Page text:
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Tuesday, May 12, 2009

time out

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Three days off, at home. It's warm enough to sit in l'atelier after a cold winter, though a chill remains. Bugs have come inside, and died. (I posted this photo at small.) I opened a window and could hear and watch birds finding live bugs in last year's garden. I cut lilacs and set them in front of the screen door where the breeze could sweep the room with their fragrance.


I sat nestled in my Indian crazy quilt, with another blanket on top of me, and watched prisms from the leaded window dance on the pine floor. I read Anne Michaels' new release, The Winter Vault. I had visions of the St. Lawrence Seaway and the displaced towns and villages in its progressive path. I slept and dreamt about Egyptian pharoahs, five kinds of date palms and floating down the Nile in a houseboat.


Or was I really floating?


The second day off I did my morning blog browsing and thought I'd open the New York Times online. When I was greeted with their new frenetic Twittery nytimes/timeswire box rapidly flashing numbers of times the site has been updated in the last hour with the question "HOW MANY HAVE YOU MISSED?"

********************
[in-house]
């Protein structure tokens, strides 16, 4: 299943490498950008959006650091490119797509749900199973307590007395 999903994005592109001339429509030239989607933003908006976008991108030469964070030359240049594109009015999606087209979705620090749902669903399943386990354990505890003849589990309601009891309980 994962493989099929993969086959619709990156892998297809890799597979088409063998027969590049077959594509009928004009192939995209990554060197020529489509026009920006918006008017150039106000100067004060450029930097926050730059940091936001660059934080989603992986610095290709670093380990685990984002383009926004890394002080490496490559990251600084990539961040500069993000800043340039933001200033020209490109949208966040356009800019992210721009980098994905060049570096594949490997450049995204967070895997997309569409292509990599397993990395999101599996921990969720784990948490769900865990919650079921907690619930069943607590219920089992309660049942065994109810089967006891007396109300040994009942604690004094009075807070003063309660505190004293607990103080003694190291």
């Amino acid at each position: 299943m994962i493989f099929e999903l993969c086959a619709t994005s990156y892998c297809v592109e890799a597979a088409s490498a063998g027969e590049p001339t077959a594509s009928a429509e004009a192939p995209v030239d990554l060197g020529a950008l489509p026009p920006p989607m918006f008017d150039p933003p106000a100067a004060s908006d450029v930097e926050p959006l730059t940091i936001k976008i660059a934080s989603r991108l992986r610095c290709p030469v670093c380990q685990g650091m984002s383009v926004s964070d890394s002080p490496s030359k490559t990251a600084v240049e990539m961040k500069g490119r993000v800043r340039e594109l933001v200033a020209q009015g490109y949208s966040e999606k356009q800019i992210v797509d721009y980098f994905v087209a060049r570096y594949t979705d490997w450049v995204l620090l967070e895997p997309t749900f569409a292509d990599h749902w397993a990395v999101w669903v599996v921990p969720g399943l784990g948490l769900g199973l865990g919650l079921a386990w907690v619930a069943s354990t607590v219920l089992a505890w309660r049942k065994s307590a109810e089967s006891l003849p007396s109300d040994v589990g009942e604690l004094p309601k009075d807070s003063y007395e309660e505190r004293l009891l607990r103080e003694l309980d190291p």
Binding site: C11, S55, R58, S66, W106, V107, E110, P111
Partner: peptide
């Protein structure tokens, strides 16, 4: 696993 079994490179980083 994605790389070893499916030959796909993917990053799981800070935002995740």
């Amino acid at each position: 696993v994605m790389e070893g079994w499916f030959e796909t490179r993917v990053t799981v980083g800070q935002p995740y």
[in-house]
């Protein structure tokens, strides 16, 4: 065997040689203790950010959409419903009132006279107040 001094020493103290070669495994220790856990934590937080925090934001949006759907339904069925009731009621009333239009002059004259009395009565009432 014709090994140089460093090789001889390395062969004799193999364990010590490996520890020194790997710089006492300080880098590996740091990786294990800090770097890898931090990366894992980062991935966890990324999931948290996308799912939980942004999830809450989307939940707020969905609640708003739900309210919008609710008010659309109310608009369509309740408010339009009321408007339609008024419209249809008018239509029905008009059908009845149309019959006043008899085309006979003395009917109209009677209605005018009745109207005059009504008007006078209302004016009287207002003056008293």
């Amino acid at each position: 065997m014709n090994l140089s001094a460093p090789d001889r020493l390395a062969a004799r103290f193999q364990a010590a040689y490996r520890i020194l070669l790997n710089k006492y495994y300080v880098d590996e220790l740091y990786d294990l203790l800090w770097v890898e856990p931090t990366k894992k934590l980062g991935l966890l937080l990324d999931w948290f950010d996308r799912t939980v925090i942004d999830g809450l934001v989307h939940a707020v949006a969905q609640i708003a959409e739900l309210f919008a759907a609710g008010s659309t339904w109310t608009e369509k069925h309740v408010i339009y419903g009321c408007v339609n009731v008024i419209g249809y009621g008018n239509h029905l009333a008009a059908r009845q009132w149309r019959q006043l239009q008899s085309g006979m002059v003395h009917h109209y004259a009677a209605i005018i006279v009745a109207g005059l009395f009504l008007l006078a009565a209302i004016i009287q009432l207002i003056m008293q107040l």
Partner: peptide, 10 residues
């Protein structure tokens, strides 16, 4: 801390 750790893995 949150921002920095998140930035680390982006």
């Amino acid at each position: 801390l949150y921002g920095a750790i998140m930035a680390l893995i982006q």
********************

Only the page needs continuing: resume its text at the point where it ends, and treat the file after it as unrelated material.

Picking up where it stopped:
I thought: What is happening to us? Are we so afraid of missing one crumb of information? What about understanding what is here, what has been here hundreds and thousands of years?

When my time out is over, and I'm back in time's sortings, I'm more determined than ever to balance days with mini time outs. Stop. Look. Listen. I think I learned that in kindergarten.

55 comments:

Jill of All Trades said...

That first picture is beautiful enough to paint. Very nice and I can almost smell the lilacs.

Akim said...

Don't worry, don't hurry and don't forget to smell the flowers on the way...as my dear dad would say.

ds said...